Medieval to Ming
11:00 am – 12:45 pm
- Olga Bonch-Osmolovskaia, “Classical Scholarship in the Three Kingdoms Period: Exegetical Methods and Commentarial Types”
- Sophia Katz, “The Scholarship of Chen Xianzhang 陳獻章 (1428–1500) and Confucian Sub-Traditions”
- Immanuel Spaar, “Confucian Education Under the Influence Of Wang Shouren: Cultivation Of The Elite And Instruction Of The Populace”
- Nikolai Rudenko, “Allusions in Chinese Philosophical Texts: Problems of Detection Method and Interpretation”
Olga Bonch-Osmolovskaia, “Classical Scholarship in the Three Kingdoms Period: Exegetical Methods and Commentarial Types”
The objective of this paper is to analyse the process of the development of Early Medieval Confucian commentary as one of the most important forms of the existence of exegetical tradition and to identify the basic laws and generalising factors of its dynamic development. The historical scope of the study is confined mainly to the Three Kingdoms period since it was in precisely this time that after the fall of Han dynasty Confucian exegetics had undergone serious structural and ideological changes, as well as the emergence (or rise of popularity) of new types of commentary and shaping of new scholarly and intellectual ideals, which to a large extent determined the course of exegetical thought development in subsequent eras, took place. The paper is based on detailed analysis of commentarial works themselves (when not survived, then reconstructed, mentioned, or cited in other historical sources) and accounts from official dynastic histories, especially their biographical and bibliographical chapters. This material allows to identify particular characteristics of each commentarial type frequently used by medieval exegetes (for example, nan 難, bo 駁, wen 問, ping 評, yin 音, lun 論, yi 議, zhu 注, jie 解, etc.), systematically analyse and compare them, correlate their functions, popularity/unpopularity with the changing trends in Confucian exegetical thought, and, therefore, identify the main factors of its development.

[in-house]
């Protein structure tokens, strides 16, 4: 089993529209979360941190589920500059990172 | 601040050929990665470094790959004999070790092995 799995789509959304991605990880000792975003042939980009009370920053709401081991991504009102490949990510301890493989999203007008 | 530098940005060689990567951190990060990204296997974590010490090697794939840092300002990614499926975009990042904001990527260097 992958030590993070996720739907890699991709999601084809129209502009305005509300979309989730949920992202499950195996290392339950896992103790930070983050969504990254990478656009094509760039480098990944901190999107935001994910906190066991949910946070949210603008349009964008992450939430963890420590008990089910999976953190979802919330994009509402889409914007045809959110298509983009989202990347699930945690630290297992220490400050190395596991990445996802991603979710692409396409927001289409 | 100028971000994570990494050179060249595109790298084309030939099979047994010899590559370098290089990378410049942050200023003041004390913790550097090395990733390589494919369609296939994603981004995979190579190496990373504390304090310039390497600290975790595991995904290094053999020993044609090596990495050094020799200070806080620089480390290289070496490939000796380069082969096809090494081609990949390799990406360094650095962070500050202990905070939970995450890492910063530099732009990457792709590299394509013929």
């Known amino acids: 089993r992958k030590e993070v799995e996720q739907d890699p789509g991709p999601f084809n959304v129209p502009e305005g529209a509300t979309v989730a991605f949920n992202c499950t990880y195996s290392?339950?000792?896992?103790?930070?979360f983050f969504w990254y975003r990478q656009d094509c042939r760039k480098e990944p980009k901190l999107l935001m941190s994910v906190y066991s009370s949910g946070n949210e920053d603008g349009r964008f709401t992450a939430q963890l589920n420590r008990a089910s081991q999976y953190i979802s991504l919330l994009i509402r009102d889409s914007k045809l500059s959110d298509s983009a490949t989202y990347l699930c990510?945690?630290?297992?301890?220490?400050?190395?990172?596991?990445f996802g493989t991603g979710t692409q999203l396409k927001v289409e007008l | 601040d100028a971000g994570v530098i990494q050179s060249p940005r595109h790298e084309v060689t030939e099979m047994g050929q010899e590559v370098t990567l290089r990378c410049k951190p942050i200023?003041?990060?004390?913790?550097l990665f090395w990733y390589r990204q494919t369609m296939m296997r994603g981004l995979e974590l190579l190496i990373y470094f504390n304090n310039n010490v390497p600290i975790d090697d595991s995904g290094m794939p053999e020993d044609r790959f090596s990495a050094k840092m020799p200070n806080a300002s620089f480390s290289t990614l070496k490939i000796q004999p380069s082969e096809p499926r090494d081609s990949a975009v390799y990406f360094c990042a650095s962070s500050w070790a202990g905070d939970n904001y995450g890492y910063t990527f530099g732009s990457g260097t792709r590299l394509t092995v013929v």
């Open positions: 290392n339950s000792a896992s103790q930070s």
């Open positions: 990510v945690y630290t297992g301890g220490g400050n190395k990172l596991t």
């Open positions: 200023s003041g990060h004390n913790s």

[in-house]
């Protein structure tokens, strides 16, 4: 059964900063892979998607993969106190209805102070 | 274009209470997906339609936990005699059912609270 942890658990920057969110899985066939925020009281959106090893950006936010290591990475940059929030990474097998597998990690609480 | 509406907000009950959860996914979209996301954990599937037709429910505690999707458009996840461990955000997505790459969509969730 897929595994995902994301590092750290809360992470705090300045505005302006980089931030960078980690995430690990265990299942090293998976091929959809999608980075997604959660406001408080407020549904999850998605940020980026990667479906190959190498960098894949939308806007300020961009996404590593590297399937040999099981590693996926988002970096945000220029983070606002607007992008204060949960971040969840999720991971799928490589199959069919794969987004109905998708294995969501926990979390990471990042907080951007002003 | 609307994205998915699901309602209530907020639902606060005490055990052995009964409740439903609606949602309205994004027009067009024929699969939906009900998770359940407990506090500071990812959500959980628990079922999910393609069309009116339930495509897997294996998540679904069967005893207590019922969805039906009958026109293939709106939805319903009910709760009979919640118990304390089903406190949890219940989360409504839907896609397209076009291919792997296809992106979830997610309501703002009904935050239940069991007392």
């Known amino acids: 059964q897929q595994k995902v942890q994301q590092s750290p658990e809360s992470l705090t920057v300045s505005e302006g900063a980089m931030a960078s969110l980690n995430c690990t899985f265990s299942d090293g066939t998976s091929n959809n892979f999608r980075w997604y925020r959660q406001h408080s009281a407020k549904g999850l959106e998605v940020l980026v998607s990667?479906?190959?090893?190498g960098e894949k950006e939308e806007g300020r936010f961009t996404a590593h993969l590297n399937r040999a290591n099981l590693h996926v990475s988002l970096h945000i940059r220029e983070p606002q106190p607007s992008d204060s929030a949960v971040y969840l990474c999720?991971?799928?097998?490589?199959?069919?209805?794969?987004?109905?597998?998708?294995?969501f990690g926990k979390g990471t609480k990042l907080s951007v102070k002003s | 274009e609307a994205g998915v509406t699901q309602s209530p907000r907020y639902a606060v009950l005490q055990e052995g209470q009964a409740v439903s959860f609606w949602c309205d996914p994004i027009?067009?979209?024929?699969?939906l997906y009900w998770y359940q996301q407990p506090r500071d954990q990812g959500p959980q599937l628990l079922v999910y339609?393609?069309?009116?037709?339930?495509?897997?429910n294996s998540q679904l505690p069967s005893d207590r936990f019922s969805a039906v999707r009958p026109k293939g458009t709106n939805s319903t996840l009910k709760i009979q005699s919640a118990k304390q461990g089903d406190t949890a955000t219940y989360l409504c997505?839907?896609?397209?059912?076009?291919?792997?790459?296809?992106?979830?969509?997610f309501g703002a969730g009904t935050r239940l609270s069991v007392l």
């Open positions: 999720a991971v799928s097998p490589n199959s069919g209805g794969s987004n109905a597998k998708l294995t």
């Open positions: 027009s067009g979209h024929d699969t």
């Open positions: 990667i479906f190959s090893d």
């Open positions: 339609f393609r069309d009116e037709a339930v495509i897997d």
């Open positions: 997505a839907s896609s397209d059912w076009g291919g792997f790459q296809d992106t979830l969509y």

Sophia Katz, “The Scholarship of Chen Xianzhang 陳獻章 (1428–1500) and Confucian Sub-Traditions”
This paper focuses on the interpretations of the scholarship of Chen Xianzhang 陳獻章 (Baisha 白沙, 1428–1500), an influential yet controversial figure, whose role in shaping the Neo-Confucian tradition was evaluated differently by Ming and post-Ming intellectuals. Whereas Huang Zongxi 黃宗羲 (1610–1695), as many scholars after him, considered the teaching of Chen Xianzhang as “extremely close” to that of Wang Shouren 王守仁 (1472–1529), the views of Chinese literati who lived and worked during the earlier part of the Ming dynasty were contrary to Huang’s later assessment. Zhan Ruoshui 湛若水 (1466–1560), Chen’s immediate disciple and influential scholar in his day, placed Chen within the line of orthodox transmitters of the Way while presenting an alternative understanding with regard to the essence of this transmission. Another Ming dynasty scholar, Gao Panlong 高攀龍 (1562–1626), claimed that the scholarship of Chen Xianzhang was not connected intellectually to the views expressed by Lu and Wang, but rather to those of Shao Yong 邵雍 (1012–1077). Evaluating different assessments of Chen Xianzhang’s scholarship, his own thought and his philosophical influences, this paper exposes a diversity of Neo-Confucian sub-traditions during the Ming Dynasty.